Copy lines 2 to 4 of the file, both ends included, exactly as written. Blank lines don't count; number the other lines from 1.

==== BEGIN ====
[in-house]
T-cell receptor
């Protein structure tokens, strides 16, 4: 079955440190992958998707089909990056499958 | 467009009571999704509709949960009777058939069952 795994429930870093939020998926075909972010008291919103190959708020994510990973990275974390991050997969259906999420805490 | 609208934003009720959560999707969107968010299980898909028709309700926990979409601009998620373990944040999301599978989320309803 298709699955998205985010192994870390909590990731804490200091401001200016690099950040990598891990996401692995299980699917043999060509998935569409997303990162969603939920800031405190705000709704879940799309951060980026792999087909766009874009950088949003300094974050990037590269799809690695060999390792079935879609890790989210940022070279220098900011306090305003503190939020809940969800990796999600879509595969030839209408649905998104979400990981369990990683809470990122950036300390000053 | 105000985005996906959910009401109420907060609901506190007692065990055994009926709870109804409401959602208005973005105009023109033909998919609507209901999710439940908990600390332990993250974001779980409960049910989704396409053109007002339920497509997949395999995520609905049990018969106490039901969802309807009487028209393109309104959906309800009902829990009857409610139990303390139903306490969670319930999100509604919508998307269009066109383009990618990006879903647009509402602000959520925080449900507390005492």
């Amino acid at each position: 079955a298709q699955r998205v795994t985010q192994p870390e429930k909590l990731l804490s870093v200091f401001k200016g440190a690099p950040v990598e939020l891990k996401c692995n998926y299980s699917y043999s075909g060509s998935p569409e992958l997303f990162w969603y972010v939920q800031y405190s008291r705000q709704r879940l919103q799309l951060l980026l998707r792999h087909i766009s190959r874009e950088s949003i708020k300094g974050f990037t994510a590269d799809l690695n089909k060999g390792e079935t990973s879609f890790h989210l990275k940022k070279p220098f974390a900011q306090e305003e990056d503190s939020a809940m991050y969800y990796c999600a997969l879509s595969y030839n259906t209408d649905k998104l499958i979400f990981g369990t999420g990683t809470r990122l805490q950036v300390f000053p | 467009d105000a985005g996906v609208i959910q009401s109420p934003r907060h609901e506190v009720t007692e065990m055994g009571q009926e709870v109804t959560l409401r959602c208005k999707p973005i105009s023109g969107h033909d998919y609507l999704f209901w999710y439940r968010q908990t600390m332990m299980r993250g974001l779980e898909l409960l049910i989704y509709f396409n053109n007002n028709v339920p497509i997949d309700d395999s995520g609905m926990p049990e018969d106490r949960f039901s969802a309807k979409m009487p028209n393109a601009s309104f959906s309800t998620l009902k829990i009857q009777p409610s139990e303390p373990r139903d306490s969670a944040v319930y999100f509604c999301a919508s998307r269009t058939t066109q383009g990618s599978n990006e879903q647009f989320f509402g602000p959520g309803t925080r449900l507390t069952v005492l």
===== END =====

T-cell receptor
């Protein structure tokens, strides 16, 4: 079955440190992958998707089909990056499958 | 467009009571999704509709949960009777058939069952 795994429930870093939020998926075909972010008291919103190959708020994510990973990275974390991050997969259906999420805490 | 609208934003009720959560999707969107968010299980898909028709309700926990979409601009998620373990944040999301599978989320309803 298709699955998205985010192994870390909590990731804490200091401001200016690099950040990598891990996401692995299980699917043999060509998935569409997303990162969603939920800031405190705000709704879940799309951060980026792999087909766009874009950088949003300094974050990037590269799809690695060999390792079935879609890790989210940022070279220098900011306090305003503190939020809940969800990796999600879509595969030839209408649905998104979400990981369990990683809470990122950036300390000053 | 105000985005996906959910009401109420907060609901506190007692065990055994009926709870109804409401959602208005973005105009023109033909998919609507209901999710439940908990600390332990993250974001779980409960049910989704396409053109007002339920497509997949395999995520609905049990018969106490039901969802309807009487028209393109309104959906309800009902829990009857409610139990303390139903306490969670319930999100509604919508998307269009066109383009990618990006879903647009509402602000959520925080449900507390005492």
């Amino acid at each position: 079955a298709q699955r998205v795994t985010q192994p870390e429930k909590l990731l804490s870093v200091f401001k200016g440190a690099p950040v990598e939020l891990k996401c692995n998926y299980s699917y043999s075909g060509s998935p569409e992958l997303f990162w969603y972010v939920q800031y405190s008291r705000q709704r879940l919103q799309l951060l980026l998707r792999h087909i766009s190959r874009e950088s949003i708020k300094g974050f990037t994510a590269d799809l690695n089909k060999g390792e079935t990973s879609f890790h989210l990275k940022k070279p220098f974390a900011q306090e305003e990056d503190s939020a809940m991050y969800y990796c999600a997969l879509s595969y030839n259906t209408d649905k998104l499958i979400f990981g369990t999420g990683t809470r990122l805490q950036v300390f000053p | 467009d105000a985005g996906v609208i959910q009401s109420p934003r907060h609901e506190v009720t007692e065990m055994g009571q009926e709870v109804t959560l409401r959602c208005k999707p973005i105009s023109g969107h033909d998919y609507l999704f209901w999710y439940r968010q908990t600390m332990m299980r993250g974001l779980e898909l409960l049910i989704y509709f396409n053109n007002n028709v339920p497509i997949d309700d395999s995520g609905m926990p049990e018969d106490r949960f039901s969802a309807k979409m009487p028209n393109a601009s309104f959906s309800t998620l009902k829990i009857q009777p409610s139990e303390p373990r139903d306490s969670a944040v319930y999100f509604c999301a919508s998307r269009t058939t066109q383009g990618s599978n990006e879903q647009f989320f509402g602000p959520g309803t925080r449900l507390t069952v005492l």